Expanding my Footprint

avatarMy experiment over at Tsū is going pretty well, but that platform is not as text-friendly as I’d like it to be for sharing my writing. I’ve started an account at 3tags, a profit-sharing blogging platform, to house Jerry the Writer, while at Tsū I will be Jerry the Photographer. I will of course always be Jerry the Muddled Rambler right here.

3tags may become home to a more-polished version of TFNIWLNW, but first I have to come up with an actual title. Right now all the ones I come up with are too generic (“The Soul Thieves”) or too glib (“Stabbin’ the Soul Thieves”). Hopefully I can come up with something soon. The rough-draft version of TFNIWLNW will continue to accumulate here. (There’s about 1.8 episodes in the hopper as I type this.)

I have no evidence to back this up, but I think keeping identities focussed will be more follower-friendly. I’m not sure 3tags is the right platform for me simply because there aren’t very many people there – I was able to grab the user name “Jerry” — so building a following will be a long and slow process. One thing that helps is that 3tags makes it easier to announce new posts on Facebook and twitter.

When people read my stories there, I get paid! If you accept the following invitation and then you create things people like, you get paid (and, since I invited you, I get paid a little, too).

Currently only a handful of people over there will see my stuff based on the tags, so I really hope folks like you will click the links on Twitter and Facebook to see my words. This means I’ll finally have to figure out Twitter, I suppose.

Here’s my invite link if you’d like to check out 3tags — it seems like a pretty capable blogging platform, and I hope they hit critical mass. Heck, if you’re gonna blog, you may as well get paid for it, right?

Writing for Social Media

It used to be that here at Muddled Ramblings I would just develop ideas at my own pace and trust my readers to hang with me for a few sentences to let things get going (there is actually no evidence that they did that, but I like to believe). Lately I’ve become (perhaps detrimentally) aware that most of my audience is only presented the first couple hundred characters of my ramble before they are presented with a go/no-go decision.

I’m a little bit embarrassed to say that it has changed the way I open my episodes here at MR&HBI. I’m fishin’ for the hook.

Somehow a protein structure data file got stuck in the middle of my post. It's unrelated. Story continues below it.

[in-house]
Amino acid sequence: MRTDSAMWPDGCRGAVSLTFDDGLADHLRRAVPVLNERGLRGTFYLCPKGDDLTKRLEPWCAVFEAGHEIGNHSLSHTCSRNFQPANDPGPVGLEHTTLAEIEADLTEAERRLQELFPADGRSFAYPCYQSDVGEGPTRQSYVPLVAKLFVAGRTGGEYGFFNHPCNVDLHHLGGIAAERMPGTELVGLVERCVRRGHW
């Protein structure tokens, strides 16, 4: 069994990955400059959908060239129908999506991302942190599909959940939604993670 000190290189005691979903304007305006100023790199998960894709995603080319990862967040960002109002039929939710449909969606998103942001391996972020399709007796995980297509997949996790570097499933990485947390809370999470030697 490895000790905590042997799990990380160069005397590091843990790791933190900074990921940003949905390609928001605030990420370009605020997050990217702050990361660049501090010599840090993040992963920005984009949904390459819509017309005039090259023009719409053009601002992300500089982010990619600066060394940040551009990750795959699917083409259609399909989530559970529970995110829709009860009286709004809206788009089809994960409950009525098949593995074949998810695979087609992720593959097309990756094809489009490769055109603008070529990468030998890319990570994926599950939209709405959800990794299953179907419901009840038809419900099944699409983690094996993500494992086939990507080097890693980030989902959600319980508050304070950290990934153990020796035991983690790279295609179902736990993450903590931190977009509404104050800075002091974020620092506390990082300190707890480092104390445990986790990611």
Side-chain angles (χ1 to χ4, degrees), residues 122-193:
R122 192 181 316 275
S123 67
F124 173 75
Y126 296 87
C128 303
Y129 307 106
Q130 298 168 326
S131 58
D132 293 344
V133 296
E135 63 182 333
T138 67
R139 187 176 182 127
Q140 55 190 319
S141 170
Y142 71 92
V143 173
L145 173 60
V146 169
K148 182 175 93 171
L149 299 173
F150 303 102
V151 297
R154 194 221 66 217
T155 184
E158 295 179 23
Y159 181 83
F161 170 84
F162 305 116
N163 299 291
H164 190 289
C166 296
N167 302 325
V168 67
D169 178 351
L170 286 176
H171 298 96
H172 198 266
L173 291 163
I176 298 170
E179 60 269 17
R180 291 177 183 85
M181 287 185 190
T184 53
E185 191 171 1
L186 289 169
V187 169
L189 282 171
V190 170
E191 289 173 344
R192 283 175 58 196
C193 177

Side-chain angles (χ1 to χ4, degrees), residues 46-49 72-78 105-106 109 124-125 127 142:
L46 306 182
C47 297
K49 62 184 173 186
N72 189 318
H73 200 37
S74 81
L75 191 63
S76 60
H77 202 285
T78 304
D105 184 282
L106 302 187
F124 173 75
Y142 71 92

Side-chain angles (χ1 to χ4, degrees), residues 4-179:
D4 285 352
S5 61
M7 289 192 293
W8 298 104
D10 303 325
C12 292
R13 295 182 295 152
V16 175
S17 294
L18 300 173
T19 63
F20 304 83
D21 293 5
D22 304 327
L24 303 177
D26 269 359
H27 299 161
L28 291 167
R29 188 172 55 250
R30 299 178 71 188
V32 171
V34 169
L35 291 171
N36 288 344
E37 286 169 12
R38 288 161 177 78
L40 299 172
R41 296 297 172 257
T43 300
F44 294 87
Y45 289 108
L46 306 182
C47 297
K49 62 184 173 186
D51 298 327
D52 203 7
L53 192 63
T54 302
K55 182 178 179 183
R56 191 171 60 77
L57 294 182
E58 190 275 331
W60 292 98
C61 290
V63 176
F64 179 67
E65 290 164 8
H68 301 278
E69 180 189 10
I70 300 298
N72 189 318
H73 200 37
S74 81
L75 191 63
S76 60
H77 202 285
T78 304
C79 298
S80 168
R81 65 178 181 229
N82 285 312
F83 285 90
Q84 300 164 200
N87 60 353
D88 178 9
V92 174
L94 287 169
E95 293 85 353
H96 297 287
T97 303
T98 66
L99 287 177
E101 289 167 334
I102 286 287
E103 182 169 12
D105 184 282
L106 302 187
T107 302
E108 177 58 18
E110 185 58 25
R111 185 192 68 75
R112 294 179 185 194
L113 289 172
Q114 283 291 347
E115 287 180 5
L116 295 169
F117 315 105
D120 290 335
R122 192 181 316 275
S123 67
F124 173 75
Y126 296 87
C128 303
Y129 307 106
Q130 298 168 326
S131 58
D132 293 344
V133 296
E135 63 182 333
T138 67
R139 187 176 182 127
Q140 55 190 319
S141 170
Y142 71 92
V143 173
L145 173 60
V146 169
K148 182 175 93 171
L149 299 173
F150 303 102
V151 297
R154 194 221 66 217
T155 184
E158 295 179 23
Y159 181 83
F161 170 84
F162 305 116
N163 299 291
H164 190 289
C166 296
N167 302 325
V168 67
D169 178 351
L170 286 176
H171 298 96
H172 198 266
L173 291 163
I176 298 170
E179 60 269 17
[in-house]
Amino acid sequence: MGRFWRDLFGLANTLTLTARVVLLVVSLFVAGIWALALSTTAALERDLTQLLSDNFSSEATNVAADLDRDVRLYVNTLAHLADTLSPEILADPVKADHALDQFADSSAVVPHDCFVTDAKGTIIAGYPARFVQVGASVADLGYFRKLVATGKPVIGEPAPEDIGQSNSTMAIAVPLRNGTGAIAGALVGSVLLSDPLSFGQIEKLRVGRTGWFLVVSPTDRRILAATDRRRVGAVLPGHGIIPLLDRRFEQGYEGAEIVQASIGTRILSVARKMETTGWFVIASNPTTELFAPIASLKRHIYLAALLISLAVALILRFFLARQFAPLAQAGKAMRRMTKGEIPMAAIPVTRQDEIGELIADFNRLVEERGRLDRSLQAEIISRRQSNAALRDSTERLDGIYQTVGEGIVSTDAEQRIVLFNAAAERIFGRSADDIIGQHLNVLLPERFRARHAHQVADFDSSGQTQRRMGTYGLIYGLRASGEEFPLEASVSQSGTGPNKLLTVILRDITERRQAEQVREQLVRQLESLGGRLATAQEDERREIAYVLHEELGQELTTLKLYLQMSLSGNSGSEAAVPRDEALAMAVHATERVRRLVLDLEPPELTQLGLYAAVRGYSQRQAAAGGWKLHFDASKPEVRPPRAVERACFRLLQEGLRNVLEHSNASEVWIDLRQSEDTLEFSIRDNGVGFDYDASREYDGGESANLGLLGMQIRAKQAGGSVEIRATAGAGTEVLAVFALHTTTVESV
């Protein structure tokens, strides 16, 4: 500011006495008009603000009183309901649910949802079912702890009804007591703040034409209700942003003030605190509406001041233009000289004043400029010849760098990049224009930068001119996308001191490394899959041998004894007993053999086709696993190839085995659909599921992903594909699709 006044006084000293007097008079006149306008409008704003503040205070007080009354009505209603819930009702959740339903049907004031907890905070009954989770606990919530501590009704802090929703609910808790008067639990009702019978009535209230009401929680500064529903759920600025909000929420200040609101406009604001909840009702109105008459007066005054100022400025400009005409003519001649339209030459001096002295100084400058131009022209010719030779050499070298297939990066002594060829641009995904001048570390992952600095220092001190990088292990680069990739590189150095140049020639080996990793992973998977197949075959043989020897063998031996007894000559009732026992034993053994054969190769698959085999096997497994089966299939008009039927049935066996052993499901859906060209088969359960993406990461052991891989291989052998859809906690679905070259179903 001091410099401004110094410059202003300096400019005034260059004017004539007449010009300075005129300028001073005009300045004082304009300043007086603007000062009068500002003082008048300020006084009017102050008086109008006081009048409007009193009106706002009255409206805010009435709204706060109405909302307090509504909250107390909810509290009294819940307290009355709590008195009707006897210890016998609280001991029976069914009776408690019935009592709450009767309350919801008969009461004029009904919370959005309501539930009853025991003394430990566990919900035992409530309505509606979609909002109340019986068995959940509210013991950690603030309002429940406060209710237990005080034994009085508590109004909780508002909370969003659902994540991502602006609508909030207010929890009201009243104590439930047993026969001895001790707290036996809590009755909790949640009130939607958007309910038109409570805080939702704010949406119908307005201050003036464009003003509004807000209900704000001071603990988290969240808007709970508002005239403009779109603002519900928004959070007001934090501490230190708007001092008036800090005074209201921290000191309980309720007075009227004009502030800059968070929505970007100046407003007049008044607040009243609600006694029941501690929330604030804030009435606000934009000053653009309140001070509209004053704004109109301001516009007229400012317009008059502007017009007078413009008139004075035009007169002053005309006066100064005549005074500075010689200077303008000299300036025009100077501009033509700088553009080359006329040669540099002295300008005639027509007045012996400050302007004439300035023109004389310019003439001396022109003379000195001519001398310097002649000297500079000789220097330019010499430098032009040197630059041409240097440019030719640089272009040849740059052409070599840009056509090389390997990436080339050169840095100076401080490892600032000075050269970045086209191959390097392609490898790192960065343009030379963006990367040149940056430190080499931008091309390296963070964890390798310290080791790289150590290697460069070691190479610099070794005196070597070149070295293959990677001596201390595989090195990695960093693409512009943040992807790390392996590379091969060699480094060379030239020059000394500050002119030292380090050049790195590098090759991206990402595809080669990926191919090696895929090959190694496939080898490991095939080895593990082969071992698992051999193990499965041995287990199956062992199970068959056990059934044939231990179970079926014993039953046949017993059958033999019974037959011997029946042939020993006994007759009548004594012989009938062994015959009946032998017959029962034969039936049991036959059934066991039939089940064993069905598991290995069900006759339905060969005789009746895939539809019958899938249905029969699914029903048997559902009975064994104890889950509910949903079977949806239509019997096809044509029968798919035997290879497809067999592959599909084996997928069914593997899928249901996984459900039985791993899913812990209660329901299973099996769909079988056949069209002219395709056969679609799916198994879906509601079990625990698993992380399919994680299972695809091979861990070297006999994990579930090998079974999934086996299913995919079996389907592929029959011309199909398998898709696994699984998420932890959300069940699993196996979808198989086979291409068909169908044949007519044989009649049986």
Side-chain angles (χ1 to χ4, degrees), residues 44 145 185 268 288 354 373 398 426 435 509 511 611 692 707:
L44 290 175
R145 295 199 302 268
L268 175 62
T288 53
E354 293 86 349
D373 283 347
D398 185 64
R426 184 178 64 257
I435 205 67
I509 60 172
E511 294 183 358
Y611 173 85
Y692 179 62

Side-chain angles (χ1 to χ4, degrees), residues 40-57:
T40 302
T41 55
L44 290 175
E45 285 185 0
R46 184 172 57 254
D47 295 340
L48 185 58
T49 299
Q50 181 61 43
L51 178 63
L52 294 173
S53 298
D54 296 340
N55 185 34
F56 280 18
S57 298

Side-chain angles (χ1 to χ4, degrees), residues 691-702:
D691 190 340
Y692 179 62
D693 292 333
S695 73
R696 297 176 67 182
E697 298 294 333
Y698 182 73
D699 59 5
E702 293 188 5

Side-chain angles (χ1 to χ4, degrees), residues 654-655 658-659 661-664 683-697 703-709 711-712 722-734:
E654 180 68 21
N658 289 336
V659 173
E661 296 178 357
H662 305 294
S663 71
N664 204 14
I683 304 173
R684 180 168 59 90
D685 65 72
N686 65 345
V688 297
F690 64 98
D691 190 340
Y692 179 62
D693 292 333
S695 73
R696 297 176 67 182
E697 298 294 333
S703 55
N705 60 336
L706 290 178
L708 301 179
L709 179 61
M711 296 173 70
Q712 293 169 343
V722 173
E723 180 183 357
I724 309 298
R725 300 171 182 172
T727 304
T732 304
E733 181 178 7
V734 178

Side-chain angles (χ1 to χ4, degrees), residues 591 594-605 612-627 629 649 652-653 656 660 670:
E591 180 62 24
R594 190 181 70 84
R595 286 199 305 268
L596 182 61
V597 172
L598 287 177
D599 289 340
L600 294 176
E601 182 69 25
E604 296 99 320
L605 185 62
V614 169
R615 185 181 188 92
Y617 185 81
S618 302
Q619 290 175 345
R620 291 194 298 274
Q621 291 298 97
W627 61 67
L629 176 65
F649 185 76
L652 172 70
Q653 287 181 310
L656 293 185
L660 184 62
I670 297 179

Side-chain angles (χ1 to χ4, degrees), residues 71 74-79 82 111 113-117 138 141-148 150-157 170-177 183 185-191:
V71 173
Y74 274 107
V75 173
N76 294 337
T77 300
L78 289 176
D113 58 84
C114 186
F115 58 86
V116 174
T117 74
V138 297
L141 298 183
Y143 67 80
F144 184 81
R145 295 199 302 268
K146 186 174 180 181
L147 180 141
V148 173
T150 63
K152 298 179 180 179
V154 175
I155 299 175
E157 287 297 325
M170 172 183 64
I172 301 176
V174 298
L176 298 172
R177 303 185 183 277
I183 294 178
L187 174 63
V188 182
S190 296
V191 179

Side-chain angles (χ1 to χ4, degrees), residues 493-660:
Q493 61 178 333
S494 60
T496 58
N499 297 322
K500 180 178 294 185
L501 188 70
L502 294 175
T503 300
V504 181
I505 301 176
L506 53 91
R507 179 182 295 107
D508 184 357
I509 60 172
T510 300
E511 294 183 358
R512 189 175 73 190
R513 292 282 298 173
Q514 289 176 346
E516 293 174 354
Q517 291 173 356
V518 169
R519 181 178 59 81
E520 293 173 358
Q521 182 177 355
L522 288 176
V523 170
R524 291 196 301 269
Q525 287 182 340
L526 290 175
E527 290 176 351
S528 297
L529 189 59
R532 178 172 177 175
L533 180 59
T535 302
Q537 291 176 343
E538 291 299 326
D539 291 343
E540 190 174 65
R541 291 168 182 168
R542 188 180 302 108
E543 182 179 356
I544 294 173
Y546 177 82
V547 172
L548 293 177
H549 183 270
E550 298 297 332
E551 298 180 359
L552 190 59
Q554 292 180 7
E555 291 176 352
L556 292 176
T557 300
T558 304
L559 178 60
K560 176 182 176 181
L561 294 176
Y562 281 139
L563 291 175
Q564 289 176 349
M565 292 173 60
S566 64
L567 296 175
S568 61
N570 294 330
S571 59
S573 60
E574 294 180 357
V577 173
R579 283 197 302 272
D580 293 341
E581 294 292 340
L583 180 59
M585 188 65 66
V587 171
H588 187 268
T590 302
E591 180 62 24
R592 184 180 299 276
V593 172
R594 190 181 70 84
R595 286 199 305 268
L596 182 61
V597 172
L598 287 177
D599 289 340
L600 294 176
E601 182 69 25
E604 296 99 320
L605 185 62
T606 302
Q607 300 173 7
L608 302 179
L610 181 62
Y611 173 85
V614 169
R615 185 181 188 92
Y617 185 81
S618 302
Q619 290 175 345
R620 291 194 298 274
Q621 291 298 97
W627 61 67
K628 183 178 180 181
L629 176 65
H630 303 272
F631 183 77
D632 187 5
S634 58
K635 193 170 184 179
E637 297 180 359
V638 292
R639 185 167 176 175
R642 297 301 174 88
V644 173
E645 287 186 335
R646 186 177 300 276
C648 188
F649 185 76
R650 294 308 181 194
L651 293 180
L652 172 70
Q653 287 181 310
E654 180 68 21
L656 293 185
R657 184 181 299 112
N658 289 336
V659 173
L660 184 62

Last night as I posted episode one of TFNIWLNW to a new social media platform, I was compelled to add a little preface. The thing is, in all these platforms, what shows to the casual feed-grazer* is only a couple of sentences. TFNIWLNW starts with sexual assault. So, aware that said assault is going unhindered for the first 250 characters of the story, I decided to graft on a little intro with two goals: tell readers that the asshole’s gonna die before we learn what the asshole’s doing, and to introduce the audience to the narrator’s voice. I’m pretty sure I had only a partial success, but you’re welcome to tell me I’m wrong.

Then, not knowing the culture on this new Social Media site, I put in a little parental warning that also used a pretty sweet metaphor and accelerated the understanding that our narrator is, in some fundamental ways, not a nice guy. From a literary point of view the extra words serve a good purpose. From a “goddammit tell me a tale” standpoint they come off as masturbation.

Writers have always needed to put a hook at the start of a story, but the hook now has to catch in the first few words. I’m pretty sure I unhooked TFNIWLW:1 in an attempt to fix it. But if I’m going to keep it up over there, i’ll have to be very careful with the first 70 words of each episode. Maybe that’s a good thing. A book where every scene starts with a hook is the kind of thing about which reviewers say “I could not put down.”
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* I am a little bit proud of the phrase feed-grazer, so please don’t tell me how many times you’ve heard it before.